Seattle Plastic Surgery Center

Breast Augmentation Has 98% Satisfaction Rating

In a survey discussed in the May issue of Plastic and Reconstructive Surgery, at least 98% of those woman who elected to undergo breast augmentation surgery reported being satisfied with their procedure, powerful numbers when compared to other surgical procedures. This study, which evaluated 225 female breast augmentation patients, involved interviews at their one month post-surgery appointments, and then at future follow-up appointments. In addition to the near-universal satisfaction, more than half of these women reported that their experiences were perfect, giving them a 10 out of 10 in procedure satisfaction.

Breast Augmentation Has Major Impact on Self-Esteem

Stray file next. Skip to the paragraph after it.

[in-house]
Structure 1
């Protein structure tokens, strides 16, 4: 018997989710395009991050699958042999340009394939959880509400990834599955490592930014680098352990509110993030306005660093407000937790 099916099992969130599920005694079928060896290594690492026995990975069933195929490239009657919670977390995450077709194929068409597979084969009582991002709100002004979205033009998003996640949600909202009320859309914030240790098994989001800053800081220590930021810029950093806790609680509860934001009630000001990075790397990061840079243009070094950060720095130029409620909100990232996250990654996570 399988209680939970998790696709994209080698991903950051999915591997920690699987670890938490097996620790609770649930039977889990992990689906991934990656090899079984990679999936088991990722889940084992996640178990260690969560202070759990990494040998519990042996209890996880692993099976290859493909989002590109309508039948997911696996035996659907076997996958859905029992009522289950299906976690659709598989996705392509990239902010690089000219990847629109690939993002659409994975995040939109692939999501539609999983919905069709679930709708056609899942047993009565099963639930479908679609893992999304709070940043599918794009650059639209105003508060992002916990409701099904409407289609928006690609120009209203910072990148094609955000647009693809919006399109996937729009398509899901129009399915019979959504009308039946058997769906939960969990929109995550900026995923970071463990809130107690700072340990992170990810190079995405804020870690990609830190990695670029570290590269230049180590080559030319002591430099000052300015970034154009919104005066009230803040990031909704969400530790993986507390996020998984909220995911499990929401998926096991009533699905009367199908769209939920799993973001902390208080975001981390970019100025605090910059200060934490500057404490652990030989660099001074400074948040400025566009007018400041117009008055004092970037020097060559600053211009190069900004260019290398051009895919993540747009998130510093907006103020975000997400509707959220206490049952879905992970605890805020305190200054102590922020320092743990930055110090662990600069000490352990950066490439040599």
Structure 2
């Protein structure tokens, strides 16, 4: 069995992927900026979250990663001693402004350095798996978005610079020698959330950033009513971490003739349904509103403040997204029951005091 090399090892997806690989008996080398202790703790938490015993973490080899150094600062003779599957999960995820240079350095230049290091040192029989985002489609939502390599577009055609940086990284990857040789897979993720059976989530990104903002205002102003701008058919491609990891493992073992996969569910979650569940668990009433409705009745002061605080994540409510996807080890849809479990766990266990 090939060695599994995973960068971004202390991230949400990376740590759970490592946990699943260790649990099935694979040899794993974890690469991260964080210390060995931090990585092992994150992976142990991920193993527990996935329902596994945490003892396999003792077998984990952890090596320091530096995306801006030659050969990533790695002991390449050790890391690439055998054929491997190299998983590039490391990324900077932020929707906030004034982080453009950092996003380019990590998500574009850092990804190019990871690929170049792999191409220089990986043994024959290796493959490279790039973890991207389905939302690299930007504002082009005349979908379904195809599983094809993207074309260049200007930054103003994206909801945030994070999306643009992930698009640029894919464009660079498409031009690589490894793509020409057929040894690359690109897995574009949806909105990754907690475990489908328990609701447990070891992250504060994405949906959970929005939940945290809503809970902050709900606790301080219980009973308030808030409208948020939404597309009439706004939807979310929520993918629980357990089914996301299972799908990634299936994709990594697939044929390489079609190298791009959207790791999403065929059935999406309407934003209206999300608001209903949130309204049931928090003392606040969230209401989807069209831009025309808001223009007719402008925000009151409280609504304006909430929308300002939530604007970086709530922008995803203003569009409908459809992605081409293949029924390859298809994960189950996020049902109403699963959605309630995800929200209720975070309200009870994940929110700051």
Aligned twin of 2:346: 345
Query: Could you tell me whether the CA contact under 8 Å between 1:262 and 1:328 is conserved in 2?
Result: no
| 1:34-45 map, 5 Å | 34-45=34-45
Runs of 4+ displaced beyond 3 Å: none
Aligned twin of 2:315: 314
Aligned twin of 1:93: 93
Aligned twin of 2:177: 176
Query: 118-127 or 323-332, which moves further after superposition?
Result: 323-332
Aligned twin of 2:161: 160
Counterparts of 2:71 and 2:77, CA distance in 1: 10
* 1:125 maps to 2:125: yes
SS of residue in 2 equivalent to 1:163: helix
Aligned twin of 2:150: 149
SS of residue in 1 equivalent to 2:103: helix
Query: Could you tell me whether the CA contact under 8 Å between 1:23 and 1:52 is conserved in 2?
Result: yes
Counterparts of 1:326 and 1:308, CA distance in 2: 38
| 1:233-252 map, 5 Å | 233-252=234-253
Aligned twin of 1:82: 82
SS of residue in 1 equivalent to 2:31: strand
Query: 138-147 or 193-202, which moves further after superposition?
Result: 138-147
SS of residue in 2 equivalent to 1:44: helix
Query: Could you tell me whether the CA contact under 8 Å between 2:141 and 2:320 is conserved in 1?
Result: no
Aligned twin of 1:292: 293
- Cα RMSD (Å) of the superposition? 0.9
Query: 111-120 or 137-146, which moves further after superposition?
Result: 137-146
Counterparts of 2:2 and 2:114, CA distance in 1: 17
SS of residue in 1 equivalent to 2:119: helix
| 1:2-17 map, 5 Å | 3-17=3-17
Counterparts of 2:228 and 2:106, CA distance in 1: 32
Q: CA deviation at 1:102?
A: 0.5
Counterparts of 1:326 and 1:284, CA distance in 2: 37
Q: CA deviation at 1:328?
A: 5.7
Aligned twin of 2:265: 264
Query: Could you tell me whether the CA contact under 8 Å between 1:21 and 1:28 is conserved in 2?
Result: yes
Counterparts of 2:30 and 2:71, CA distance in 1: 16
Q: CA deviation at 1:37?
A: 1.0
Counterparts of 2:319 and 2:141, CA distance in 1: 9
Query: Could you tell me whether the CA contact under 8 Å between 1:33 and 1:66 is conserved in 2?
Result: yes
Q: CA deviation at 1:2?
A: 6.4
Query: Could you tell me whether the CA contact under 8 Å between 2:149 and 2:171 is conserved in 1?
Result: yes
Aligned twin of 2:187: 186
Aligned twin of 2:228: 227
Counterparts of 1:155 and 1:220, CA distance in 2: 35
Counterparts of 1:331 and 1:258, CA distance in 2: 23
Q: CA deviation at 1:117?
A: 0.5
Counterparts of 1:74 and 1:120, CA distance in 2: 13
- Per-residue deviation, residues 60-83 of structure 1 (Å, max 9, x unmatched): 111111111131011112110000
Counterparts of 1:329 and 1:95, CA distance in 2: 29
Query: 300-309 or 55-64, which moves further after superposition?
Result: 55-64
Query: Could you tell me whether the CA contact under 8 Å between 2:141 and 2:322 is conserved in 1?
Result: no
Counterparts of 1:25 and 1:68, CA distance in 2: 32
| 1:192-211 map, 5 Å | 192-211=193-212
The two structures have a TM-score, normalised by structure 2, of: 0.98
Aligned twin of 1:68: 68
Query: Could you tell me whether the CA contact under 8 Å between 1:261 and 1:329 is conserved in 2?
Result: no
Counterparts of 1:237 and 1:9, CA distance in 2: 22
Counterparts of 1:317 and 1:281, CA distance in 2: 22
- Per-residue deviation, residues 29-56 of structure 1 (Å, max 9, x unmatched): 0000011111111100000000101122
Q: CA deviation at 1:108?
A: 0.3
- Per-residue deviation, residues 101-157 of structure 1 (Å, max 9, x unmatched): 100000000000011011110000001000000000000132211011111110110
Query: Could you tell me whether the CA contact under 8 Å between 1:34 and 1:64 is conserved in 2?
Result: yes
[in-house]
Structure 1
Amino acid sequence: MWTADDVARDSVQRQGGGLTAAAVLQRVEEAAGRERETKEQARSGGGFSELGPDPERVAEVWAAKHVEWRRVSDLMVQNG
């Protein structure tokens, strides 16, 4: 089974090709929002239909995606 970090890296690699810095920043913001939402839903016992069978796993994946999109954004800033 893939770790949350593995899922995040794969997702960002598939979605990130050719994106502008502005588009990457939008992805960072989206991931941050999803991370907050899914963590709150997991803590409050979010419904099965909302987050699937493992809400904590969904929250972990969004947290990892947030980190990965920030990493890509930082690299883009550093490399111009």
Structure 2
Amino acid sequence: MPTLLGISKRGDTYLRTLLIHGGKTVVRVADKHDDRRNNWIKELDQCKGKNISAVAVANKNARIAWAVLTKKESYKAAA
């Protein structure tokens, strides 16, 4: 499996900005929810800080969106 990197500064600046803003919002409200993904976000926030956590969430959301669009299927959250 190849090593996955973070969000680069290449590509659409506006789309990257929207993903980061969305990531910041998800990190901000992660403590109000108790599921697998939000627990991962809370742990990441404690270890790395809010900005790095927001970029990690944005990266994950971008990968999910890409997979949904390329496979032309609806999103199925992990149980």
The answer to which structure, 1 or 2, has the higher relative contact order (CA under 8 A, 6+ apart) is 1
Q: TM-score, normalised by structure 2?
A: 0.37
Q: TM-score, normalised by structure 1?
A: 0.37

Of the 225 women who were surveyed, 92% stated that their surgery had improved their self-esteem. And 64% said that their quality of life had definitely improved. The augmentation also had a dramatic impact on the way these women viewed their breasts, with 86% feeling self-conscious about them before the surgery, and only 14% feeling self-conscious about them afterwards. Regarding possibly the most difficult question in the breast augmentation decision, 85% of women felt that their new breasts were just right in size, while 13% wished that they were larger and 2% wished they were smaller. 99% of women were satisfied with the placement of the incisions, and 75% stated that the firmness of their new breasts was also just right. Most women participating in the survey decided to have saline breast implants placed, rather than silicone, and the average breast implant size was 390cc. The average age of these women was 34, and the survey was compiled over a five-year period. According to the American Society of Plastic Surgeons, breast augmentation was the most popular type of cosmetic surgery in 2012. There were more than 286,000 breast augmentation procedures performed, beating out liposuction, tummy tucks, rhinoplasty and brow lifts, which were many of the other most popular procedures during 2012. Photo by Jerry Bunkers on Flickr.